By Bree Castillo
Jenna Gribbon approaches the canvas with unwavering sincerity as she captures intimate encounters in her life, displaying how the everyday is merely a medium. The Brooklyn-based artist received her MFA in New York at Hunter College and has been featured in galleries in Berlin and London, as well as Los Angeles and New York. Known for blurring lines, the figurative painter explores point of view as she balances between both intrinsic intimacy and the questionable impertinence of voyeurism.
Gribbon’s barely clothed subjects clip their toenails and share subtle touches, as viewed through a slightly ajar bathroom door. The artist’s textured bodices renounce objectification and what is known about women through traditional Western art, with female subjects that hold agency both daring and vulnerable. These scenes propose that it may not be about what we are perceiving, but how we perceive. Here, Gribbon shares on motherly perspective, the art of motherhood, and the tension between pleasure and discomfort.
“Pose of an artist’s child,” which features in Mother and Child, appears to be from the mother’s perspective. What made you decide to not depict the mother with the child in this work?
My presence is almost always implied in my work, but often without being physically represented. In this painting, I wanted my gaze—as an artist and a mother—to be the subject, and I thought the most direct way of doing that would be to show you what I see, and show how my child reacts/performs under that gaze.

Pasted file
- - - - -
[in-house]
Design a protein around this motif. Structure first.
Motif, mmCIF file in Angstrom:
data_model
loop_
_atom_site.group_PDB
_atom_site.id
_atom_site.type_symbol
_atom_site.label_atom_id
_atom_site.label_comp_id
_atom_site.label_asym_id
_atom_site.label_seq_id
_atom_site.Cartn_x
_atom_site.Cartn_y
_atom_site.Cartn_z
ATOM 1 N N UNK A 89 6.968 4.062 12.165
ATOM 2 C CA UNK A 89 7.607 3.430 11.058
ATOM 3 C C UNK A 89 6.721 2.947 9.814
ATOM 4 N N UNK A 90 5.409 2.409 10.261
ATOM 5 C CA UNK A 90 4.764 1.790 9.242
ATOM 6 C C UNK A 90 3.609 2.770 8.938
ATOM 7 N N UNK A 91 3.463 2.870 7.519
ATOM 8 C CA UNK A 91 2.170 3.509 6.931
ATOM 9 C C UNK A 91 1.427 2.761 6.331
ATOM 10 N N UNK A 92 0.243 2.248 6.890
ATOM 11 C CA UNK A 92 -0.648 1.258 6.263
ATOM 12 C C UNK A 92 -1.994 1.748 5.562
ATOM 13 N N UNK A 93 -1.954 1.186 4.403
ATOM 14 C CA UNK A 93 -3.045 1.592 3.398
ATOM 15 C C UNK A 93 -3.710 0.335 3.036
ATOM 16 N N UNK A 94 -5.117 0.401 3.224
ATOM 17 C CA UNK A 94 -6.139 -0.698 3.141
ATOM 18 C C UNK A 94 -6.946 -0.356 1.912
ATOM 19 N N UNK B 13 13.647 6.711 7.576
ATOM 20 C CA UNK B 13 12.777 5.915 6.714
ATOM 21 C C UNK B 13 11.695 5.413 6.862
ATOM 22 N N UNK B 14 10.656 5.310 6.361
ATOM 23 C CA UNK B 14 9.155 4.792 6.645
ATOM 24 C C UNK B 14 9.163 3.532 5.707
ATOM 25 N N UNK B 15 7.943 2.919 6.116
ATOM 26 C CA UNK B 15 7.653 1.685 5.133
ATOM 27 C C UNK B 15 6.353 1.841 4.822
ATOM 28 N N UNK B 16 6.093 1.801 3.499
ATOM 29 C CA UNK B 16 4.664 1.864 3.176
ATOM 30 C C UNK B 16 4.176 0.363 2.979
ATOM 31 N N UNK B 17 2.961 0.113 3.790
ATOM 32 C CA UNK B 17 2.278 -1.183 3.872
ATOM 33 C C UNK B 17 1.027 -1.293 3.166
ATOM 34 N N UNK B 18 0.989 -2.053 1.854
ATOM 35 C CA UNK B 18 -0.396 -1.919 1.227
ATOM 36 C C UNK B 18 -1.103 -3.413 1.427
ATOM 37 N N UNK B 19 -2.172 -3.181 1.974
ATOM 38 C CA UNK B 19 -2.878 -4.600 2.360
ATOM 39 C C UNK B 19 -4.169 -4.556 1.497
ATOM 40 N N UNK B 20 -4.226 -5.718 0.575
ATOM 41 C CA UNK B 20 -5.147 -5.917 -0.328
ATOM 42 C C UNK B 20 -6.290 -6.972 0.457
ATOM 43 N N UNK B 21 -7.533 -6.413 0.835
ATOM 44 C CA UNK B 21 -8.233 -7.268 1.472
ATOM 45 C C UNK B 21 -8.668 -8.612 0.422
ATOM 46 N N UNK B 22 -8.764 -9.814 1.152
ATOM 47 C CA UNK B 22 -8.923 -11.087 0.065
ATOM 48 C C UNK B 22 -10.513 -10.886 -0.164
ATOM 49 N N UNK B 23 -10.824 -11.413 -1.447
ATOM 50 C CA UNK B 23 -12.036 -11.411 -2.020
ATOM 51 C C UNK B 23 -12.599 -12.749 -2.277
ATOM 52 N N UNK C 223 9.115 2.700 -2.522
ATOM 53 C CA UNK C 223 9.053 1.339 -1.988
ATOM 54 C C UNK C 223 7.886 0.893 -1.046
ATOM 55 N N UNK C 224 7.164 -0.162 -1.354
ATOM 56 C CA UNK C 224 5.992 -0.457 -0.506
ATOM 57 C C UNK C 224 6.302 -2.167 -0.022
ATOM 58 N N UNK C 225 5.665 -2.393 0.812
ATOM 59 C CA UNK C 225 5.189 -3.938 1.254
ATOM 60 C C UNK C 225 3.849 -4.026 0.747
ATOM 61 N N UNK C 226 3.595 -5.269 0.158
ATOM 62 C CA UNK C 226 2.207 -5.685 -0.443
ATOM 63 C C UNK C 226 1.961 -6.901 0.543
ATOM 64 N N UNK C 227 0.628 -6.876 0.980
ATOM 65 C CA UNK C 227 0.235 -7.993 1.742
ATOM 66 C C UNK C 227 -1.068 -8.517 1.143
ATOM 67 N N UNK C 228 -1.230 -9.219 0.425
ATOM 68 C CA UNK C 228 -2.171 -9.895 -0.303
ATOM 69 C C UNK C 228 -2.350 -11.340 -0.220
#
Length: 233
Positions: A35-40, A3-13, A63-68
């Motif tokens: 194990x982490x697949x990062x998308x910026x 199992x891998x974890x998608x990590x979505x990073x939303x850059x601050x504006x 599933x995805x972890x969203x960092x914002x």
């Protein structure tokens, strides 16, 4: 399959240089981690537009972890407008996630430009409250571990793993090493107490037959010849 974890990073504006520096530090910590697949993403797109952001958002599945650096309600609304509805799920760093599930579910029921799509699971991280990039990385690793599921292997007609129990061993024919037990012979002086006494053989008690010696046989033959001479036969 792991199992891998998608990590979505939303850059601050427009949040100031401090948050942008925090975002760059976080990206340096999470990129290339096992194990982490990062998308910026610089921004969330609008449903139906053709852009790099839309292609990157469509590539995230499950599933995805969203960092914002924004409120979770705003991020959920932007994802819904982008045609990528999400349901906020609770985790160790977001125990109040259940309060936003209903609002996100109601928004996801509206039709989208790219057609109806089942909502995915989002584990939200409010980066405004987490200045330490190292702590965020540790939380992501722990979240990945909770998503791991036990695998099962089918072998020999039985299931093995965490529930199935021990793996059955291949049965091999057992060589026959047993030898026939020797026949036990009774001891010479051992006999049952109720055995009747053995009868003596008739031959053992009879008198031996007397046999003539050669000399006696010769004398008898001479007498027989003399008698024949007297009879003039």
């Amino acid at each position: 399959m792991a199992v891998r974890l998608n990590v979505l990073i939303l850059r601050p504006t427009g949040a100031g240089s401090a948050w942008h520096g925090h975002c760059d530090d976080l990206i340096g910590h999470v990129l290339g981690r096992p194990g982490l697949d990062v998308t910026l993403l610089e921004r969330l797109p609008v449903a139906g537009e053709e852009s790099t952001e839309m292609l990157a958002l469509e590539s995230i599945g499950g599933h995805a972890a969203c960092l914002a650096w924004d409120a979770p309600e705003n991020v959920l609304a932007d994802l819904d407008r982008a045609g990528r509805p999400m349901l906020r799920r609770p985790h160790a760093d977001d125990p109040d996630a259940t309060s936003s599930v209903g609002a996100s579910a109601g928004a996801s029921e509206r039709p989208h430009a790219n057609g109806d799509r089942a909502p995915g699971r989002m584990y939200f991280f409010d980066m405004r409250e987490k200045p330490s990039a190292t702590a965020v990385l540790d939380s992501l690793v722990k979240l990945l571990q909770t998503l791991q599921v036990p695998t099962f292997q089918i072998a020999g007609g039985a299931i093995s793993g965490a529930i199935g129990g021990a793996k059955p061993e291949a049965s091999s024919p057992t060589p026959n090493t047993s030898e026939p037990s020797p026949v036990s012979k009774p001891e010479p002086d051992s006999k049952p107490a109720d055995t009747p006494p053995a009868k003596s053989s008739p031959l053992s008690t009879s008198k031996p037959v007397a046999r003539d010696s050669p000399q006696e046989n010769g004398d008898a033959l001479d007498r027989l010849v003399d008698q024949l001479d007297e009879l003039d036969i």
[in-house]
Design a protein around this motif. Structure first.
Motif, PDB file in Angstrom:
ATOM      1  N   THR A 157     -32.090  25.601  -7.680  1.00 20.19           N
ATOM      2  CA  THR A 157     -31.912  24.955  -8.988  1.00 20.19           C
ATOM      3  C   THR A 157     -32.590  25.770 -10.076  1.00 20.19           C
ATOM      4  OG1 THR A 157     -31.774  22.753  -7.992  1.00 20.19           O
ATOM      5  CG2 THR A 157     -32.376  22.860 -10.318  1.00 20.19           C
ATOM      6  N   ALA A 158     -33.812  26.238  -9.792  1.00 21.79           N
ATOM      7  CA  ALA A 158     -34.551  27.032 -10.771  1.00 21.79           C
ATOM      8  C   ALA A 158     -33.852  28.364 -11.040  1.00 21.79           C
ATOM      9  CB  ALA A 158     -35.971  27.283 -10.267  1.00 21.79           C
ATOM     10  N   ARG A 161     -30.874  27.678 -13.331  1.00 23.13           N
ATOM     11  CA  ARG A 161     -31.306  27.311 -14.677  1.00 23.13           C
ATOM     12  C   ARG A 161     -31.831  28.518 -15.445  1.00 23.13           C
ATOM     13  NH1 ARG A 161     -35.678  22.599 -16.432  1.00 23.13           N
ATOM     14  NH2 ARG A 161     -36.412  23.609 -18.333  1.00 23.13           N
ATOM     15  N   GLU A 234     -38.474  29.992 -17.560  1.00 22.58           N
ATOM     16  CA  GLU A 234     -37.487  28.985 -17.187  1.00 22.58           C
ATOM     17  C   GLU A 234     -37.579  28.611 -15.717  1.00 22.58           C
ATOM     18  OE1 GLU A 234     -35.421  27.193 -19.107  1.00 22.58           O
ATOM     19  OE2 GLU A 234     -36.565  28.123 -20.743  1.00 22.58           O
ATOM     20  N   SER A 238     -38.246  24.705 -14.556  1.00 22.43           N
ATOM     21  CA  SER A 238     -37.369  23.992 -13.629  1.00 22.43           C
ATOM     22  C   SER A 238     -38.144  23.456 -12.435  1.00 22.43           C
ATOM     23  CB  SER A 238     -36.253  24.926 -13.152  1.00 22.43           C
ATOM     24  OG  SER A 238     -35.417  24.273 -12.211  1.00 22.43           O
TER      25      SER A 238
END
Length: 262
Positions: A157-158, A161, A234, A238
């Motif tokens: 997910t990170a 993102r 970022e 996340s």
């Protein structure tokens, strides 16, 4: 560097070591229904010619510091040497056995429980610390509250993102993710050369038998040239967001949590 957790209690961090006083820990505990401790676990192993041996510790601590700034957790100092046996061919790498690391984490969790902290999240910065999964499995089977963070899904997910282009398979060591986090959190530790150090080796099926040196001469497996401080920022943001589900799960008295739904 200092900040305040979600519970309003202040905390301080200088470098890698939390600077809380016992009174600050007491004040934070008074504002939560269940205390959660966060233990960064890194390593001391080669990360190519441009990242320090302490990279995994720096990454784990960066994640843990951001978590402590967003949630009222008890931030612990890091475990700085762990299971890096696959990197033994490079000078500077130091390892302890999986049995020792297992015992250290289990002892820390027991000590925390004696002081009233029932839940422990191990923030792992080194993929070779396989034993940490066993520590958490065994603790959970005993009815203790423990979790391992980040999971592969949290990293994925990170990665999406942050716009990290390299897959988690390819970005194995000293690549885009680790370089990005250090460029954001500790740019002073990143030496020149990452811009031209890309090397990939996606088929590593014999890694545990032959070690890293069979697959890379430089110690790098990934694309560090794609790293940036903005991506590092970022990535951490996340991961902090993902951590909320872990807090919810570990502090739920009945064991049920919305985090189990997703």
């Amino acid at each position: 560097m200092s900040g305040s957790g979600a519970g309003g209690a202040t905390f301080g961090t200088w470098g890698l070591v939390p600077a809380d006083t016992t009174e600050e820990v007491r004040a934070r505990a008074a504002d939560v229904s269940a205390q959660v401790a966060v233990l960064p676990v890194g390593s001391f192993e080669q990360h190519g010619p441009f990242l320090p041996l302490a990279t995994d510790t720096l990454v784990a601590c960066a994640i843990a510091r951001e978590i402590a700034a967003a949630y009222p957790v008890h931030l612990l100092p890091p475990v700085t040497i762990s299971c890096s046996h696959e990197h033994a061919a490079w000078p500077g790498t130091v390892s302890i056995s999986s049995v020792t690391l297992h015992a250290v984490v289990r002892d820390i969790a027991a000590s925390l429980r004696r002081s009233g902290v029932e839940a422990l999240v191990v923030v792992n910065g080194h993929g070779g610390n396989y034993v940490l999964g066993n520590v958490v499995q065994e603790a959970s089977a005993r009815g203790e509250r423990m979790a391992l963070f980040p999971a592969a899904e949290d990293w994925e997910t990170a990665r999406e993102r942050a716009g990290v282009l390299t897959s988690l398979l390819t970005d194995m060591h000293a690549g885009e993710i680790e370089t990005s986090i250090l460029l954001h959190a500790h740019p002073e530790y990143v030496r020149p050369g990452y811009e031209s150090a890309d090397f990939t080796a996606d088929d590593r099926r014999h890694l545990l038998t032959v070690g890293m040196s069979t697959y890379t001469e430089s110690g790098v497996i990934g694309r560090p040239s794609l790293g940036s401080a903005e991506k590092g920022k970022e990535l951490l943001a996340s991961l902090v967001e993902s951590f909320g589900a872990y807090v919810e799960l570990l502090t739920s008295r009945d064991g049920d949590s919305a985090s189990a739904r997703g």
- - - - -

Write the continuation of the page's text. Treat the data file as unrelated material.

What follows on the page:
What is motherhood to you?
Well, I think there are infinite ways to perform motherhood. The maternal impulse is probably in everyone to some extent.
What is the greatest gift a mother can give her child?
What I try to give my child first and foremost is space to grow naturally into himself. In some ways, kids are like plants, and if you provide them with light and nourishment and shield them from the harshest conditions, all the information that’s contained in the seed will be able to present itself in the strongest, healthiest way. They’re designed to flourish. I also think it’s important to live life in a way that models going through the world fully engaged and open—but also, and maybe most importantly—resiliency.
What was creating this work of your son like for you?
My paintings tend to follow my attention, so painting my child is a very natural occurrence.
A lot of your recent works have limbs and appendages taking up large portions of your works, obscuring parts of the body. Is this intentional, and what is the aim in doing this?
Those paintings are of my partner and me. I use my own body to drag the viewer into the frame, and into an entanglement of desire and pleasure. Paint, bodies, and intimacy are all an entanglement of pleasure, desire, and discomfort. My paintings invite the viewer into a place to own their pleasure and sit with their unease.